In addition to making the natural shift from primarily selling lawn tractors to zero-turn mowers, Crane’s also began selling trailers in 2001. “More and more contractors were asking for them, so it made sense to expand into this area,” Rich Jr. says. “It’s proved to be the right decision. For every four mowers we sell, we also sell a trailer.”
“It was tricky getting started at first,” adds MacNeil. “The key for us was getting trailer orders pre-booked so we knew how much inventory to bring in at the start of the season.”
Crane’s Outdoor Power Equipment also sells Fisher snowplows. A separate company called Connecticut Snow & Ice Control, owned by Rich Jr. and his brother Chris, also owner of Greenacres Landscaping, provides customers with snow control products and is the local Magic Salt distributor. While an entirely separate entity from Crane’s Outdoor Power, the snow and ice control business helps elevate Rich Jr.’s profile in the contractor community all the more.
ENOUGH IS ENOUGH
From 2000-2004 the dealership’s landscape customer base blossomed. Soon 70% of the dealership’s revenue was coming from commercial accounts. Doing business as usual was not going to cut it anymore.
“I really started thinking about doing something with the building in 2004,” Rich Jr. recalls. “I was sick of having to move this to get to that, wasting two hours a day and $9,000 a year just moving equipment in and out of the building. Plus, being so pressed for space was really starting to affect morale.
“We weren’t really sure which way to go. We knew we either had to grow enormously and make ourselves more productive, or just scale back to a four-man operation that would be focused on just a couple lines. But the demand from the commercial market was so strong that we decided to take the other step—a huge step.”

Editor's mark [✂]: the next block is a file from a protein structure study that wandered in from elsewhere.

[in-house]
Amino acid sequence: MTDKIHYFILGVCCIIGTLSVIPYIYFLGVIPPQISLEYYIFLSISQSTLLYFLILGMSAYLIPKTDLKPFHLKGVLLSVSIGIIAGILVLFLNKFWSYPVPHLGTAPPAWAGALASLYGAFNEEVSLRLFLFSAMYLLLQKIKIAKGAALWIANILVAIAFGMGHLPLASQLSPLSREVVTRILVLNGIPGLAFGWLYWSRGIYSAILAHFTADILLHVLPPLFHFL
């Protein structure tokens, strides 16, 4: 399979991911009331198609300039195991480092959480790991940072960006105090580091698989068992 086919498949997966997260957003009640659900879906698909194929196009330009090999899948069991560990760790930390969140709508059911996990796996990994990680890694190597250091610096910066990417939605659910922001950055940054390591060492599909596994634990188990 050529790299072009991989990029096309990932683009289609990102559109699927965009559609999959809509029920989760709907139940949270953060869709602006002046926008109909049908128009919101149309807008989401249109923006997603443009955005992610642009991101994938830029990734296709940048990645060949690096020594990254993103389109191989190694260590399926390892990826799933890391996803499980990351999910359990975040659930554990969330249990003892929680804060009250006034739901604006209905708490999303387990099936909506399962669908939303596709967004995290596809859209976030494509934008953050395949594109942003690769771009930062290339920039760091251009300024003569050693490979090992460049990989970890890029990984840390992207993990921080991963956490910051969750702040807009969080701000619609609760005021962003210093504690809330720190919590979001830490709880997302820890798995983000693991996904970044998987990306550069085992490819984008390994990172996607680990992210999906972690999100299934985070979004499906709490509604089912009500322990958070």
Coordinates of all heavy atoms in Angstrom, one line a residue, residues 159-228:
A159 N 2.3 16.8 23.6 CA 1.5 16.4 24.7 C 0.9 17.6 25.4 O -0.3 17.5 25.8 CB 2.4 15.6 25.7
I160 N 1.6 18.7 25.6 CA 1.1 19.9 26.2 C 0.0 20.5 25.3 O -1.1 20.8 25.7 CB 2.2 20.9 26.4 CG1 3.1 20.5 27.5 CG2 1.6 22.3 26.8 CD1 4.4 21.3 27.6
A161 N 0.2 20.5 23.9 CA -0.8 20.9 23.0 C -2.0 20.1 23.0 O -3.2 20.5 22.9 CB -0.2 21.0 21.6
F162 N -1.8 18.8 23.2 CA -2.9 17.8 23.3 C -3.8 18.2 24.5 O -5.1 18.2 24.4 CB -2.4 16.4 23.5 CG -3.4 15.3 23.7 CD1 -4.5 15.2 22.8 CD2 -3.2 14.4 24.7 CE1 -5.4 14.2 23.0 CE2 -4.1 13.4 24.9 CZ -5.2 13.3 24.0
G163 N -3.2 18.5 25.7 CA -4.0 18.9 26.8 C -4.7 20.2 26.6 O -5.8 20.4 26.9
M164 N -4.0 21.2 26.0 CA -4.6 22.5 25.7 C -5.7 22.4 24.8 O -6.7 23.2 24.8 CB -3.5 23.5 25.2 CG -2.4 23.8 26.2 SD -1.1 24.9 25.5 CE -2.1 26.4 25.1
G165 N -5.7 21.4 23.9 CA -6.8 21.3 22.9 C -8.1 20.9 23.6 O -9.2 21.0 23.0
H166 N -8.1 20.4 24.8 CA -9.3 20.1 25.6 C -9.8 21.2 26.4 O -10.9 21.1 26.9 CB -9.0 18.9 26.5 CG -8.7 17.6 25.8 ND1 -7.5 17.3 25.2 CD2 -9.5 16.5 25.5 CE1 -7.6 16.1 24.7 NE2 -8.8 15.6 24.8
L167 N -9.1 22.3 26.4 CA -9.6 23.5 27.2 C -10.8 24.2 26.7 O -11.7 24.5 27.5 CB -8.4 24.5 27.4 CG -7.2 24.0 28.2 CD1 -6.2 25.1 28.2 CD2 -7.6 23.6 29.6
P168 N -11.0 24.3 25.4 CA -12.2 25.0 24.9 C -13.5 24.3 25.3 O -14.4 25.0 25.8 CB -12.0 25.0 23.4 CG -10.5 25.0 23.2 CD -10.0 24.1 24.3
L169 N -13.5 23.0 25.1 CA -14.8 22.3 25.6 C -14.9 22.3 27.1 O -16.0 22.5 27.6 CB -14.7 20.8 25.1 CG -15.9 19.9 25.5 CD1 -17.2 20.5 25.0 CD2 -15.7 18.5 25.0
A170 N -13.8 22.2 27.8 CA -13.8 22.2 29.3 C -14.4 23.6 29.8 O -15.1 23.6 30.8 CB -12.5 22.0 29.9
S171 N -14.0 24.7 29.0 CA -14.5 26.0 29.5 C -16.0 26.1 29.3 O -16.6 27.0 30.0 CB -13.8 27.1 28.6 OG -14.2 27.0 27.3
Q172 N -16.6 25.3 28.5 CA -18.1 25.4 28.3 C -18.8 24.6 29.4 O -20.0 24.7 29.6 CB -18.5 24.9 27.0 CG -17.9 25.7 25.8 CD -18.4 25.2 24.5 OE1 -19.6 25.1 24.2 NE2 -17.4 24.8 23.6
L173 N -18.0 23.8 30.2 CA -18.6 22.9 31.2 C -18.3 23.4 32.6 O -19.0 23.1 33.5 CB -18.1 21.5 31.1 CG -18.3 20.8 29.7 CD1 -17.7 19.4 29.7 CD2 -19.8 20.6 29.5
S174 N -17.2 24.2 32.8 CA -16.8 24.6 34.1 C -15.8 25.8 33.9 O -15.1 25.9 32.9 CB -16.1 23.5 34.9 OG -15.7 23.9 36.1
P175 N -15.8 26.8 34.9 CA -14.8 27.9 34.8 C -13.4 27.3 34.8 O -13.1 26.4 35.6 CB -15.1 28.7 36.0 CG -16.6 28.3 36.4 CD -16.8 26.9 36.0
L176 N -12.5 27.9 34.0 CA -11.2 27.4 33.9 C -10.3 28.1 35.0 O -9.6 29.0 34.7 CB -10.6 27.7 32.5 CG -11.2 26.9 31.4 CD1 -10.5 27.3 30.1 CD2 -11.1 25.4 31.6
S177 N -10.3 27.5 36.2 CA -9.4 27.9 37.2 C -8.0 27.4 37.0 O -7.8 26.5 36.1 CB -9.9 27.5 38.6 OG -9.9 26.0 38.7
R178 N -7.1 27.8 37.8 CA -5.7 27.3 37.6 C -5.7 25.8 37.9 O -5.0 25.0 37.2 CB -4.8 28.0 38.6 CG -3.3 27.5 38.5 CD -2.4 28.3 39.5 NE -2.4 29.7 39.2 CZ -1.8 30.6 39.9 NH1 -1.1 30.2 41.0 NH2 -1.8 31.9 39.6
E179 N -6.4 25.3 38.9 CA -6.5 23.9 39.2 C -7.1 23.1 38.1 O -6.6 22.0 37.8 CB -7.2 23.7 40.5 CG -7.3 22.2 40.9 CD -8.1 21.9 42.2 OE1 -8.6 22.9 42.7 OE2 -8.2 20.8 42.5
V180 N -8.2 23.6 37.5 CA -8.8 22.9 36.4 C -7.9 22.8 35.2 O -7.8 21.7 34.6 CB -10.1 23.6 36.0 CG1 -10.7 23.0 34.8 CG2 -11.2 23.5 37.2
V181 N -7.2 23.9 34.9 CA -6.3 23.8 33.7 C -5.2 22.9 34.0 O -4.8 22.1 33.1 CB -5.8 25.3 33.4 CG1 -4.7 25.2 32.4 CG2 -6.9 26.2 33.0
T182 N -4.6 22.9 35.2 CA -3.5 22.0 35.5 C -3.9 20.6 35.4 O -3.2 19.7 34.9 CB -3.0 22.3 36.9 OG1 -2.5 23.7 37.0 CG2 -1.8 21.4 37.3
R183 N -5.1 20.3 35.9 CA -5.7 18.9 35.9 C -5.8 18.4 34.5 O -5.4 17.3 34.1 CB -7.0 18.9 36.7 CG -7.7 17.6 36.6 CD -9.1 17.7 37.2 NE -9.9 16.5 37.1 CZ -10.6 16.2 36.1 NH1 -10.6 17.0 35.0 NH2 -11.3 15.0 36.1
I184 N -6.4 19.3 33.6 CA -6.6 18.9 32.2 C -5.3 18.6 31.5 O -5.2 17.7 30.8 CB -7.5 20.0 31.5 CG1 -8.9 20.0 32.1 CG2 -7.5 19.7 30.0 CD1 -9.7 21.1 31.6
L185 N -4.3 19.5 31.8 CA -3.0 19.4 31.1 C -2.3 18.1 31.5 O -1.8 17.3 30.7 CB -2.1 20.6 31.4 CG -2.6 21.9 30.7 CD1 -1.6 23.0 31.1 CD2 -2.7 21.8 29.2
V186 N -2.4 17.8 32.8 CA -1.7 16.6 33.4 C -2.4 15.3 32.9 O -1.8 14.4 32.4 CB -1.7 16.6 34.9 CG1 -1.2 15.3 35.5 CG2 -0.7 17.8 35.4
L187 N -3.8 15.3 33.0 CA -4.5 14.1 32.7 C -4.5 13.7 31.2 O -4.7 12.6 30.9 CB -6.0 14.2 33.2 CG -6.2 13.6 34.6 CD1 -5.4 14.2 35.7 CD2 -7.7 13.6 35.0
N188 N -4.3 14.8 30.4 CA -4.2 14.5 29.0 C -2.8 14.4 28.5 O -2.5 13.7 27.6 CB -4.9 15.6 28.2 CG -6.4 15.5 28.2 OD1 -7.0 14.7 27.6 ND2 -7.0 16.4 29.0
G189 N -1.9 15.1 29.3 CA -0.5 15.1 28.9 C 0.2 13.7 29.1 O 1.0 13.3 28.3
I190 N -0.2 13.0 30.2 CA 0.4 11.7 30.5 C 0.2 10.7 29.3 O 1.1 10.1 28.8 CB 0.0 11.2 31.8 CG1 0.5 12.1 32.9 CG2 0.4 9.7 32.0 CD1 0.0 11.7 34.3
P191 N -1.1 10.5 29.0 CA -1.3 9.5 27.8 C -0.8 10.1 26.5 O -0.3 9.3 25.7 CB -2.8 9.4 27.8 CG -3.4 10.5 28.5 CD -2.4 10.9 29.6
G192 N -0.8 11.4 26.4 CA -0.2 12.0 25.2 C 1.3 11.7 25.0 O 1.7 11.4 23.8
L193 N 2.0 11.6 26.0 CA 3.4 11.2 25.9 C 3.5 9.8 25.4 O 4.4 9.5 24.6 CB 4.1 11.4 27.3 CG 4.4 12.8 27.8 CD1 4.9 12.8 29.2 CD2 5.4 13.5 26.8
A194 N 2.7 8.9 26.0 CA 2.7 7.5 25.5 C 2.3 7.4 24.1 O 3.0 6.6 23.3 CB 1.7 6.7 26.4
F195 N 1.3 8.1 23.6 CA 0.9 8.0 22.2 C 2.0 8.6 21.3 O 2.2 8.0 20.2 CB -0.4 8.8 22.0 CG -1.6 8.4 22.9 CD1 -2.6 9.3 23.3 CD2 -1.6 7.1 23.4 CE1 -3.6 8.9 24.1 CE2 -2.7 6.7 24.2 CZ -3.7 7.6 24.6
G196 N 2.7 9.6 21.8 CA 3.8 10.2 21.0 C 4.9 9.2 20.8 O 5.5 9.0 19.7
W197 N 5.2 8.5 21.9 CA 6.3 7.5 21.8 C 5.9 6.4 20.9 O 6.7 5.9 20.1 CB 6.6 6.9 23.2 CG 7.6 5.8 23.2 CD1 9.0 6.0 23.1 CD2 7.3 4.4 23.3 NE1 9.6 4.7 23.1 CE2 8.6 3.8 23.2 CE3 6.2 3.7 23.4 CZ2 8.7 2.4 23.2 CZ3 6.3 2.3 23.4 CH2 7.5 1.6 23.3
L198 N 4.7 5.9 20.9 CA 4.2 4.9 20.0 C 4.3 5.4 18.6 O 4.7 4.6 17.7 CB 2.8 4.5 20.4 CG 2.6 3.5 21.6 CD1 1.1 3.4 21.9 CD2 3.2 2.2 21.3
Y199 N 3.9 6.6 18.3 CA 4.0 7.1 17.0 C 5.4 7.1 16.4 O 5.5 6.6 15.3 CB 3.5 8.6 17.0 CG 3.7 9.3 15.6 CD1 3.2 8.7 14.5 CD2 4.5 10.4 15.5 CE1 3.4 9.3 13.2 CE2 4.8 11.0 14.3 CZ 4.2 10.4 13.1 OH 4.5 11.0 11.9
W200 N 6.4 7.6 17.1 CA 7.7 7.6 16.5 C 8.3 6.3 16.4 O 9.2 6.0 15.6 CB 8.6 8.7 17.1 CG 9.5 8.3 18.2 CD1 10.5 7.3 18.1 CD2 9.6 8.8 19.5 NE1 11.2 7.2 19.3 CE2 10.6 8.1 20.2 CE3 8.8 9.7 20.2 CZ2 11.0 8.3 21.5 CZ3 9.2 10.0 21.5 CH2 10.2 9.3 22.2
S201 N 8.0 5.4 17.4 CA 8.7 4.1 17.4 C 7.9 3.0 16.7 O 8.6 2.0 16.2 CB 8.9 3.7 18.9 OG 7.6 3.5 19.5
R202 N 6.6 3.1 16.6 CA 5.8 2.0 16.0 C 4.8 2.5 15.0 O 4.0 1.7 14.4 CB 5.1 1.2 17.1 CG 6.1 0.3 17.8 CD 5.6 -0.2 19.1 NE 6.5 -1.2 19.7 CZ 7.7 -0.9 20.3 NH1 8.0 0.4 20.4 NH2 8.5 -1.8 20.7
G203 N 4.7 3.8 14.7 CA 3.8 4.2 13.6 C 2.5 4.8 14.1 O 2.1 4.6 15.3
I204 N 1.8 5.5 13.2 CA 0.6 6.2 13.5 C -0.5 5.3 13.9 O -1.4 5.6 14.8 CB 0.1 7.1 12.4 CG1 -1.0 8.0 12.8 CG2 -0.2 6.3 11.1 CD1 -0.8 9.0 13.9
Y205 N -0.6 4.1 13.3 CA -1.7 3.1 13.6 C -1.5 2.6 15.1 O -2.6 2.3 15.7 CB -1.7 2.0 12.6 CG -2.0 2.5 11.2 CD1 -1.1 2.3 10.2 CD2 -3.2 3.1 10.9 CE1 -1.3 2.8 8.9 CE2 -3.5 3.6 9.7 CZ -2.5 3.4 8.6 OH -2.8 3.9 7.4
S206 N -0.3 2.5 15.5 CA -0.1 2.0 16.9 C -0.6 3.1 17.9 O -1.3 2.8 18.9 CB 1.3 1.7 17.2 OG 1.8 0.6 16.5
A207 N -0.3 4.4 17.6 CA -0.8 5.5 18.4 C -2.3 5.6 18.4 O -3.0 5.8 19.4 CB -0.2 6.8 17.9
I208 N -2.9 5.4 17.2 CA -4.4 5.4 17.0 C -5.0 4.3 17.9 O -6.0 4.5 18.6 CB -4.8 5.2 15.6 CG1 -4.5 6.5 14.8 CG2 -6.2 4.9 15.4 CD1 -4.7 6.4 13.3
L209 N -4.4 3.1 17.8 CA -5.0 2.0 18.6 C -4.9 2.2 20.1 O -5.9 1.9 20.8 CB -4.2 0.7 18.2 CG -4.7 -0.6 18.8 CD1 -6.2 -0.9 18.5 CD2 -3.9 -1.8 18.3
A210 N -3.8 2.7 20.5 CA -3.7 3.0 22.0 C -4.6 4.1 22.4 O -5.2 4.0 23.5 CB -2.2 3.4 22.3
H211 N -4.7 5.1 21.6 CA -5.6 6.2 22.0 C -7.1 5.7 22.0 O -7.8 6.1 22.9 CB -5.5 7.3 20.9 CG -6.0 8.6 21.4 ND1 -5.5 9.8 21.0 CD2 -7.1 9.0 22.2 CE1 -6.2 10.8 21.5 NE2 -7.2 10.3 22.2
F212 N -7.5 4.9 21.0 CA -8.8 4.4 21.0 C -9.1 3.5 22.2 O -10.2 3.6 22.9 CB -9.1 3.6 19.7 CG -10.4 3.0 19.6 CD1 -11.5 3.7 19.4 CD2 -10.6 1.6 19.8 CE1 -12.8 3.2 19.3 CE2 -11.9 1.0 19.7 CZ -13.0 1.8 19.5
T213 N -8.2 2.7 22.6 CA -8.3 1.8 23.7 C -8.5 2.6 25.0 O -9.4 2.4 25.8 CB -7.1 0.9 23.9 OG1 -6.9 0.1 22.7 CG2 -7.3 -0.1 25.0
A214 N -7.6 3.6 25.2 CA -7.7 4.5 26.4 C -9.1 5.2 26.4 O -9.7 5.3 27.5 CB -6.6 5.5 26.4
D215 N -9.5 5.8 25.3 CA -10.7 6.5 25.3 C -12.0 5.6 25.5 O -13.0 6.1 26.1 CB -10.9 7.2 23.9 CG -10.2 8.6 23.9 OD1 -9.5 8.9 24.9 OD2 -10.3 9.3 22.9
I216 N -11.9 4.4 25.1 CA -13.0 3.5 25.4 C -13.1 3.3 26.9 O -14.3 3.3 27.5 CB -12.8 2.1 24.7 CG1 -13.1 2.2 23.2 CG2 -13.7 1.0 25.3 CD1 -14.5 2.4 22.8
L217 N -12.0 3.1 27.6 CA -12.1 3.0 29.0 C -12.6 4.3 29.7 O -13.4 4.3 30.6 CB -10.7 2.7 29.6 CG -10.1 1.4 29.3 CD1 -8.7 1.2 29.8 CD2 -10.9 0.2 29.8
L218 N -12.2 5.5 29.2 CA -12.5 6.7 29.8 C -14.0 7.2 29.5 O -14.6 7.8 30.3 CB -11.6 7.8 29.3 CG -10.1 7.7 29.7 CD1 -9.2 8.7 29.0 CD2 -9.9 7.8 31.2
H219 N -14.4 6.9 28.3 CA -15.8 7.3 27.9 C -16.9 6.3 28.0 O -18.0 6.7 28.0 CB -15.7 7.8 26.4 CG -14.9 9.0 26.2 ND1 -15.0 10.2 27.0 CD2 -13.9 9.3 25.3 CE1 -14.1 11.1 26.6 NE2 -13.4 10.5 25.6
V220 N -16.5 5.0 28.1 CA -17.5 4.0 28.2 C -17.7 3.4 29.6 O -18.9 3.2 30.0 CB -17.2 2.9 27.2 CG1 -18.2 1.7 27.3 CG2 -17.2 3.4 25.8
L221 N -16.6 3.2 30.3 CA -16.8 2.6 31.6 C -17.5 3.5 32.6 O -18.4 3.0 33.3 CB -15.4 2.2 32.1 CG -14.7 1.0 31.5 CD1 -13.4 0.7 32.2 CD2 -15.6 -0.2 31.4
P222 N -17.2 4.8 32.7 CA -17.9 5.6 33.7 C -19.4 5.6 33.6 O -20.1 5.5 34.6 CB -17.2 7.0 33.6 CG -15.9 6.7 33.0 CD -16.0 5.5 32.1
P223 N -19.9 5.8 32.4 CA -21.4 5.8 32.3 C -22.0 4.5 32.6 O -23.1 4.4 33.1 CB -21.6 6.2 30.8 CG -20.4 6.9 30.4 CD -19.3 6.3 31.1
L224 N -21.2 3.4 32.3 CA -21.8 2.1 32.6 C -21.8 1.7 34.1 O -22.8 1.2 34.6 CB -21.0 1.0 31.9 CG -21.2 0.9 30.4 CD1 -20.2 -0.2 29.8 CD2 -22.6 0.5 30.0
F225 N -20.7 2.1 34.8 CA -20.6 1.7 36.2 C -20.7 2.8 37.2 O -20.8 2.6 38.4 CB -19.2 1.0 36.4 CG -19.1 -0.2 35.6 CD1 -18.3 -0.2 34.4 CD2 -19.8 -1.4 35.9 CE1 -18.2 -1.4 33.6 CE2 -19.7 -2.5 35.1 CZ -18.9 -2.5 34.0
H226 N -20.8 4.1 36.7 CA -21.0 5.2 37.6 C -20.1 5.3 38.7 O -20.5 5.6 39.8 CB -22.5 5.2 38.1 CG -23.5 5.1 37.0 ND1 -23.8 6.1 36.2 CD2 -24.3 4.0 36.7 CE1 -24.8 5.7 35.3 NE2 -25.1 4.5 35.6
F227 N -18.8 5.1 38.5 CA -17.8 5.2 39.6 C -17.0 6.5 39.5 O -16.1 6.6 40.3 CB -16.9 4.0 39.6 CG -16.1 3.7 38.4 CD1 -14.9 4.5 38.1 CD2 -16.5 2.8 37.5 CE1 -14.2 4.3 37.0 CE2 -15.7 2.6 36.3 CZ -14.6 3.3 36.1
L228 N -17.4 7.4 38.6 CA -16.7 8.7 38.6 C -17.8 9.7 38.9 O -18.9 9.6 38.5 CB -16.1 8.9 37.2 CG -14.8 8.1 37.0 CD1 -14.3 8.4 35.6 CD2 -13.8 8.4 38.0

In 2005 Rich Jr. bought the property from Don Segalla; Rich Jr. and his parents had been leasing it since 1992. Then, in 2007, Rich Jr. bought the business outright from his parents. MacNeil became a silent partner.
Plans to create the dream dealership were immediately set into motion. Rich Jr., the consummate jack of all trades, did a lot of the work himself. But the vision was his and MacNeil’s.
“Stan Abramowitz, my rep from KPM (distributor), took me around to a bunch of dealerships so I could see what others were doing,” Rich Jr. tells. “I made notes of things I wanted to incorporate into our new facility, and took a second tour with Todd (MacNeil) a couple weeks later. From there we combined those ideas with our own to design the facility we needed to continue growing.”
Completed in April 2008, the primary goals of the new 11,000-square-foot facility were to increase the roadside “wow factor” in hopes of drawing in more customers, provide ample storage space, and dramatically increase shop efficiency and cleanliness.
The double-decker showroom with windows facing the highway provides a sneak peak of what’s inside. All excess handheld equipment is hung from the upstairs railing, creating an impressive sight while freeing up storage space in the back.
Speaking of the back, that’s where a substantial part of the investment was directed. The service department is spotless. When asked how in the world they keep it that way, especially when the pace picks up in the spring, Rich Jr. and MacNeil look at each other, chuckle and say, “We just don’t let it get dirty in the first place.” And that’s by design:
• Central vac system allows techs to efficiently clean off all equipment when it comes in for repair; blowing off equipment is not allowed because it kicks dust and debris all over the place
• Grinding room is walled-off within the shop
• Shop floor was ground and polished so dust and dirt can’t settle into pores
• A floor drain was installed to allow for the washing of every piece of equipment that comes through the shop; a grease trap and 1,500-gallon oil separator keep the dealership in compliance with EPA standards